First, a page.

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Mel Gibson Teams with Eszterhas to Make Maccabee Film

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  • Mel Gibson Teams with Eszterhas to Make Maccabee Film

    Back in 2006, there were tons of stories that Mel Gibson wanted to make a movie about the Jewish resistance leader, Judah Maccabee. Supposedly he even went so far as to make some test footage of battles fought in the biblical land of southern CA. Well, now it looks like it will be a reality:

    Mel Gibson And Joe Eszterhas To Collaborate On Film Telling Jewish Hero Judah Maccabee Story For Warner Bros

    Itís a project that will have everybody in Hollywood and beyond talking. Iíve learned that Warner Bros has set up an untitled drama that teams Gibson and screenwriter Joe Eszterhas on the telling of the heroic story of Jewish warrior Judah Maccabee. Eszterhas will write the script, and I understand that Gibson will collaborate with him. Judah Maccabee teamed with his father and four brothers to lead the Jewish revolt against the Greek-Syrian armies that had conquered Judea in the second century B.C.
    This could be a fantastic movie if Gibson gives it the Braveheart treatment. Even if you have no interest in the Old Testament, the story of Judah Maccabee is a rousing war story.

    Fingers crossed on this one.
    Burke's Joystick: Because Edmund Burke would have been a gamer.

  • #2
    Gibson the raging anti-semite playing a famous Jew is like Bin Laden playing the US defense secretary Donald Rumsfeld. Pardon the crude comparison but you know what I mean.

    "Artillery adds dignity to what would otherwise be a ugly brawl."
    --Frederick II, King of Prussia

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    • #3
      LOL, this should be good.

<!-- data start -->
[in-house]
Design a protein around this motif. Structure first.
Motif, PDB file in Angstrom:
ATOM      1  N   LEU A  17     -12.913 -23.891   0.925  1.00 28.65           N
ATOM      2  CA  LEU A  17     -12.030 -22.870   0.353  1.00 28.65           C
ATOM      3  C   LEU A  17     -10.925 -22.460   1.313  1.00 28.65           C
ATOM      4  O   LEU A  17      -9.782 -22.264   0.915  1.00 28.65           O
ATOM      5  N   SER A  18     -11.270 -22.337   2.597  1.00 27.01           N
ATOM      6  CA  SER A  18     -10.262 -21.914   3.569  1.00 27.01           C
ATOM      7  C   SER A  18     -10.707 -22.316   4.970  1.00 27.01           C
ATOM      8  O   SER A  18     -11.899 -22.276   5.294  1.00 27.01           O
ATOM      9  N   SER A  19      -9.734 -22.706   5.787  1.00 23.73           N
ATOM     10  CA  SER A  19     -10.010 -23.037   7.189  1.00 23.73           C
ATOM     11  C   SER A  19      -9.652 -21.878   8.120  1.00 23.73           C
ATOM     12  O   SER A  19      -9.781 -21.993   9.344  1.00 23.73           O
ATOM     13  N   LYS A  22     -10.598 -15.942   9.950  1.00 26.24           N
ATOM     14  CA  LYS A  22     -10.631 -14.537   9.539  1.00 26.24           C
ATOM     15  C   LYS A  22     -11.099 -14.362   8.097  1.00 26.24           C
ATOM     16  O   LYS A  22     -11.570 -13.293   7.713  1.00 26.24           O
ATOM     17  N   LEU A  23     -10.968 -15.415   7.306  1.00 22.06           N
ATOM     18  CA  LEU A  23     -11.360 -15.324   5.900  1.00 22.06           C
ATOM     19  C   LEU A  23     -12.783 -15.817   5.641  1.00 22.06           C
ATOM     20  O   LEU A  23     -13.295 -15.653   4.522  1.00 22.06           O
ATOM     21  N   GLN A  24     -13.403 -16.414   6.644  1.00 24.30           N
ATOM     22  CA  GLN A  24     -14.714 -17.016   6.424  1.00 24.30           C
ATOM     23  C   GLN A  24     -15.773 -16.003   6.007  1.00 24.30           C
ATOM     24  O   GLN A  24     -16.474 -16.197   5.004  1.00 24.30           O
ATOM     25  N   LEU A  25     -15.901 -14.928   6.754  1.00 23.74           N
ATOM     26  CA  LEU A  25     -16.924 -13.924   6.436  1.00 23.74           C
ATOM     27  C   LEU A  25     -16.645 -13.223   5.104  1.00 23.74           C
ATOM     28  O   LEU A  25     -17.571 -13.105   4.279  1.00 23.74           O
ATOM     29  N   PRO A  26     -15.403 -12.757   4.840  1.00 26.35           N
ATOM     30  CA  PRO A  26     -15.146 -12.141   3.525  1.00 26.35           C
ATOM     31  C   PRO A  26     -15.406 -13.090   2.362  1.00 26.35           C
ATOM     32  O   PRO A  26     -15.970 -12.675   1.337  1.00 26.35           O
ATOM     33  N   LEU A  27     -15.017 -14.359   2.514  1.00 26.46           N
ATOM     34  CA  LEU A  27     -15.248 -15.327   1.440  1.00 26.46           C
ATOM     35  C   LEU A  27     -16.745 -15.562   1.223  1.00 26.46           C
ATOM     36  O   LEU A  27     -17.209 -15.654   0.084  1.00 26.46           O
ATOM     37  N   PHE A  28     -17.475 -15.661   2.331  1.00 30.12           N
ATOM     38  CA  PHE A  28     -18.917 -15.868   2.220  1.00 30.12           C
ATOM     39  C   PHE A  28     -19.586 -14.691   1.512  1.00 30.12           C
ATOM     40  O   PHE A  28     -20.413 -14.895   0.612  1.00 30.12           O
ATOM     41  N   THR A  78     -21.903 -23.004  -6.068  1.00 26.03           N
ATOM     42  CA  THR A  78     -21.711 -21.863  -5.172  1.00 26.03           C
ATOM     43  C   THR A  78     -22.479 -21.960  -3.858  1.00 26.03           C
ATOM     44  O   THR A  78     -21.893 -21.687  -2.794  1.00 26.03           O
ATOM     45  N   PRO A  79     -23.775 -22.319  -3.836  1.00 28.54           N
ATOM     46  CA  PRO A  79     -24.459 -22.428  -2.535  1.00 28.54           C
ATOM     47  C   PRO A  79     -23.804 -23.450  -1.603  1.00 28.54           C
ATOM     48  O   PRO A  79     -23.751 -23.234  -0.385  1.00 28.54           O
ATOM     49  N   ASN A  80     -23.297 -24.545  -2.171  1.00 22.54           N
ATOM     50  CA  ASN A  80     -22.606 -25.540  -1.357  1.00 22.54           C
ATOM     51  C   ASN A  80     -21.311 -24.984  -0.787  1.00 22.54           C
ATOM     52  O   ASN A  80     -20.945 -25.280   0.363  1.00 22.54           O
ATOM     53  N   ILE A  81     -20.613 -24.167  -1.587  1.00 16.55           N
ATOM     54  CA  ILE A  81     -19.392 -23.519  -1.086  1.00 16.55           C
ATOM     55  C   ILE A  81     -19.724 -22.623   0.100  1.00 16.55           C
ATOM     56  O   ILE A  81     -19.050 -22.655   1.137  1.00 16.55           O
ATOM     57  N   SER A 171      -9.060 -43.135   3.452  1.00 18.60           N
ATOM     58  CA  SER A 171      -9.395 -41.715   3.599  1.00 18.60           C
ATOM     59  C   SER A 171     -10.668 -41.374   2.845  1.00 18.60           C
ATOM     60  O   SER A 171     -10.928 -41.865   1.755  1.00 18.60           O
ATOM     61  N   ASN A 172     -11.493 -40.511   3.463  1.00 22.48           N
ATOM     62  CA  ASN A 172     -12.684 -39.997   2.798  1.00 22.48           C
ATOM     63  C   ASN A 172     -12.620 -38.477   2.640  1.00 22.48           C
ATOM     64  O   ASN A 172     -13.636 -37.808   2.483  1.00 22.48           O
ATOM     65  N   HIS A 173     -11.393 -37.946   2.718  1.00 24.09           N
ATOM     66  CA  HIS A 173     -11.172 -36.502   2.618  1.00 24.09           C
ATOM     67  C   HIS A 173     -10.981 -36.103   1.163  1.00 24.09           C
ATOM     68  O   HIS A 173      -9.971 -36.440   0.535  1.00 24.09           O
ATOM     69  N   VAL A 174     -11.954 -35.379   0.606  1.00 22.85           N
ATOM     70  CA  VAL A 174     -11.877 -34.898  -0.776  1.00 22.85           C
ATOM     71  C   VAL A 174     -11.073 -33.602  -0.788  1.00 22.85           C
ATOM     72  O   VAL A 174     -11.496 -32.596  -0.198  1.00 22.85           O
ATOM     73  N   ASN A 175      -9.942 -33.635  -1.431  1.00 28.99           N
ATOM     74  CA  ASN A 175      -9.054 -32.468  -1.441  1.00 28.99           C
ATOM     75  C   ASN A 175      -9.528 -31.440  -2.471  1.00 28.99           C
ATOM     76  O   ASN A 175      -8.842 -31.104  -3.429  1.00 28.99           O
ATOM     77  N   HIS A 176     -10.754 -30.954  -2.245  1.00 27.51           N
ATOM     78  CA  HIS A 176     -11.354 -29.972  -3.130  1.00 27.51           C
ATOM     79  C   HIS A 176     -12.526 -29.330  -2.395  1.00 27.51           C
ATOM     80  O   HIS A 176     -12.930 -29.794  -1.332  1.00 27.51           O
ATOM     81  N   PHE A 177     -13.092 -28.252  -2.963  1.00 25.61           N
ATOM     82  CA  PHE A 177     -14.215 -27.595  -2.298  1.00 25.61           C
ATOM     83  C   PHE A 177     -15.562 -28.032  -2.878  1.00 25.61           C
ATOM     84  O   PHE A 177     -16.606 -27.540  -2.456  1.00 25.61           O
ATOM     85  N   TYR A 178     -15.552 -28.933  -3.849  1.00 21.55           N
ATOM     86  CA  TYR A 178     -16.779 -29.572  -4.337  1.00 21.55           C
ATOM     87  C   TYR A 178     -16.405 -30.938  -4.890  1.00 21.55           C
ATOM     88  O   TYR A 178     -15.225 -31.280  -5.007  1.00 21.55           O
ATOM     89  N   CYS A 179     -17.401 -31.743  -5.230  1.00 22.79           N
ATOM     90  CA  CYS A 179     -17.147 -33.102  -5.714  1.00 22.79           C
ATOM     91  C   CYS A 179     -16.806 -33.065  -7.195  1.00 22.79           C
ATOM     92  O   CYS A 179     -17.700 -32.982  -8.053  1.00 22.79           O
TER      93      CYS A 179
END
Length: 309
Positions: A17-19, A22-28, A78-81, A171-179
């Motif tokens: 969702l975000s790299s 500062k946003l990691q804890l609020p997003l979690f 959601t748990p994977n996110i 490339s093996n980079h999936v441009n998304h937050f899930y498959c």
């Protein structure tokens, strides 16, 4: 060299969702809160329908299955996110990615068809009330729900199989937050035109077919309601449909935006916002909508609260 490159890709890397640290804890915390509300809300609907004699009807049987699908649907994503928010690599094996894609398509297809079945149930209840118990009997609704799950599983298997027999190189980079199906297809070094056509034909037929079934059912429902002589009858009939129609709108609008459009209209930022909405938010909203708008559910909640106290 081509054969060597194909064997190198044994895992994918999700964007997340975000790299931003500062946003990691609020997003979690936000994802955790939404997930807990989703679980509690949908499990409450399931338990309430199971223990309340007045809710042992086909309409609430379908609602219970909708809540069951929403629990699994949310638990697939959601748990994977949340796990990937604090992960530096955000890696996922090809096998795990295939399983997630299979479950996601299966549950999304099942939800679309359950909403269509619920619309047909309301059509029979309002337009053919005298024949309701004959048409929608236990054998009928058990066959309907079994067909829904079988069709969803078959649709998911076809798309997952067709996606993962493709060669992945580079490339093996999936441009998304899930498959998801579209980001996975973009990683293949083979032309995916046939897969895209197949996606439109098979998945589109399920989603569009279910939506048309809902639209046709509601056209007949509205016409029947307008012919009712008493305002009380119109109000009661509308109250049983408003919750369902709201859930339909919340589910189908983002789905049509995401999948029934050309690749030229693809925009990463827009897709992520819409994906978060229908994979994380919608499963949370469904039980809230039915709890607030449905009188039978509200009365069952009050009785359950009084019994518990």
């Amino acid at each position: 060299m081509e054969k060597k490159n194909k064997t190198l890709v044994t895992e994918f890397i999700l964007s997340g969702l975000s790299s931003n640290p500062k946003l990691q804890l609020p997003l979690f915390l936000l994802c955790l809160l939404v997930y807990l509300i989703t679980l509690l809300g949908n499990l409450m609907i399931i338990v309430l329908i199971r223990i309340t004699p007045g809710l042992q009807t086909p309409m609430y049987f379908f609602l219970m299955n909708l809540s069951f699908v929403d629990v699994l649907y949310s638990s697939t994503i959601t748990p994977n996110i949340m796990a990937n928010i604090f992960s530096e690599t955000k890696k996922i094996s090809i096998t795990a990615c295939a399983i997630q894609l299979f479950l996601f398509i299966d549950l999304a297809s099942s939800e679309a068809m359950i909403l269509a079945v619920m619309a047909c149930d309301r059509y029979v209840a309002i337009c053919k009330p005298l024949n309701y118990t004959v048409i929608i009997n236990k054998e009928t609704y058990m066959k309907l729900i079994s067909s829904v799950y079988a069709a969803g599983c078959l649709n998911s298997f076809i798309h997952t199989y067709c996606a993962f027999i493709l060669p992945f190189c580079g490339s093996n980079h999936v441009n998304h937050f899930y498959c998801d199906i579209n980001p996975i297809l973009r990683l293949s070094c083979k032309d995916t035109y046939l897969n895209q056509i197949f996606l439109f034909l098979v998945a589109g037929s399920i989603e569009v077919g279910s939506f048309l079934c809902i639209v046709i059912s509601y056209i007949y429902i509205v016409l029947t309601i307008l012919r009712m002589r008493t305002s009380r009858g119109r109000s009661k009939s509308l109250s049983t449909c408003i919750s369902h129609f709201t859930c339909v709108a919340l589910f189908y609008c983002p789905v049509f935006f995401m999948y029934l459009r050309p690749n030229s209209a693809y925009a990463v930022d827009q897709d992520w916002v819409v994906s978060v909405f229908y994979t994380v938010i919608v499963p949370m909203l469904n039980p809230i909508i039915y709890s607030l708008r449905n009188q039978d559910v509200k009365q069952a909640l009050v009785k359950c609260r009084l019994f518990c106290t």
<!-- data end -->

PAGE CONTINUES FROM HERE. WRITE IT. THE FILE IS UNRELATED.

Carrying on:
P.S
      The Hasmoneans revolt, lead by the Maccabees was long after the old testament.

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      • #4
        Originally posted by Golani View Post
        LOL, this should be good.
        Especially if he gets drunk on set.
        Matthew 5:9 Blessed are the cheesemakers

        That's right bitches. I'm blessed!

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        • #5
          Originally posted by Golani View Post
          The Hasmoneans revolt, lead by the Maccabees was long after the old testament.
          I might be mistaken here, but didn't Judah Maccabeus lead his revolt circa 160 BC? That would definitely place it in the Old Testament. But even more to the point, 1 & 2 Maccabees appears in the Old Testament regardless of the historical time frame.

          As for Mel Gibson...well, far be it from me to defend a celebrity. Quite frankly, when it comes to entertainers, I have a very medieval mentality. I believe the acting class (not all, but most) remain one step above prostitutes on the social ladder. That is why I am never surprised when, say, Eddie Murphy is caught with a transvestite hooker, or Hugh Grant is caught with a hooker, or Woody Allen romances his step-daughter, or Roman Polanski rapes a 13 year old, or...well, you get the idea. But this on-going crucifixion (if you'll pardon the pun) of Mel Gibson just rubs me the wrong way.

          The truth is, until Gibson made The Passion of the Christ, he was the toast of the town. Everybody loved Mel! But then he committed the greatest sin for a modern day entertainer - he broke with liberal-secular orthodoxy in a prominent way - and the witch hunt began.

          I still look back and marvel at how quickly his cohorts turned on him. I mean, you had journalists digging through his garbage; following his children to school; digging up dirt on his father (I do believe his father has a anti-Semite streak based on the stuff that came out)...it was incredible. If only the media was this concerned about the backgrounds and philosophies of our presidential candidates! I simply had never seen such a full court press before to destroy a man because of a movie. And yes...it was all about the movie. Ironic, coming from a town that routinely defends ultra-violent, ultra-sexual, and ultra-deviant films. I had to laugh as the VERY SAME CRITIC who praised Kill Bill Vol 1 attacked The Passion for being overly violent! Like I said, it was all about the film (Jim Caviezel even said the movie ruined his career. He has since been labelled an anti-Semite as well. Seriously.)